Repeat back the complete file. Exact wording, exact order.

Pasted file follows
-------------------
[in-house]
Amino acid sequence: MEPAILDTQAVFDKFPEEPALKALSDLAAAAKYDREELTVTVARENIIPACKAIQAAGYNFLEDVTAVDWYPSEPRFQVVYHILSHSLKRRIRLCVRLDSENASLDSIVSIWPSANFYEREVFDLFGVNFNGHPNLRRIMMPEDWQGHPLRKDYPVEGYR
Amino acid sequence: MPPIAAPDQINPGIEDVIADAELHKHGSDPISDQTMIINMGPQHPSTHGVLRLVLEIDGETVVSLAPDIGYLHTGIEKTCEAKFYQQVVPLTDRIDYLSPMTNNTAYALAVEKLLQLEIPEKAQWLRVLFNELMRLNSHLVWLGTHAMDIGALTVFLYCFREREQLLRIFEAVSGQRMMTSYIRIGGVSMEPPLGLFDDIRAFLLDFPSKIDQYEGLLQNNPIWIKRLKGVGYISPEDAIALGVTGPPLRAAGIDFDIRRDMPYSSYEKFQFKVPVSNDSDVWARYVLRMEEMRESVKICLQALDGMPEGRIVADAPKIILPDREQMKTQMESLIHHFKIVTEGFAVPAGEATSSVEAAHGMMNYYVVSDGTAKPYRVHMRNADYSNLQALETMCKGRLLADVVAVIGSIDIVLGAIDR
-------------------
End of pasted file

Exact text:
[in-house]
Amino acid sequence: MEPAILDTQAVFDKFPEEPALKALSDLAAAAKYDREELTVTVARENIIPACKAIQAAGYNFLEDVTAVDWYPSEPRFQVVYHILSHSLKRRIRLCVRLDSENASLDSIVSIWPSANFYEREVFDLFGVNFNGHPNLRRIMMPEDWQGHPLRKDYPVEGYR
Amino acid sequence: MPPIAAPDQINPGIEDVIADAELHKHGSDPISDQTMIINMGPQHPSTHGVLRLVLEIDGETVVSLAPDIGYLHTGIEKTCEAKFYQQVVPLTDRIDYLSPMTNNTAYALAVEKLLQLEIPEKAQWLRVLFNELMRLNSHLVWLGTHAMDIGALTVFLYCFREREQLLRIFEAVSGQRMMTSYIRIGGVSMEPPLGLFDDIRAFLLDFPSKIDQYEGLLQNNPIWIKRLKGVGYISPEDAIALGVTGPPLRAAGIDFDIRRDMPYSSYEKFQFKVPVSNDSDVWARYVLRMEEMRESVKICLQALDGMPEGRIVADAPKIILPDREQMKTQMESLIHHFKIVTEGFAVPAGEATSSVEAAHGMMNYYVVSDGTAKPYRVHMRNADYSNLQALETMCKGRLLADVVAVIGSIDIVLGAIDR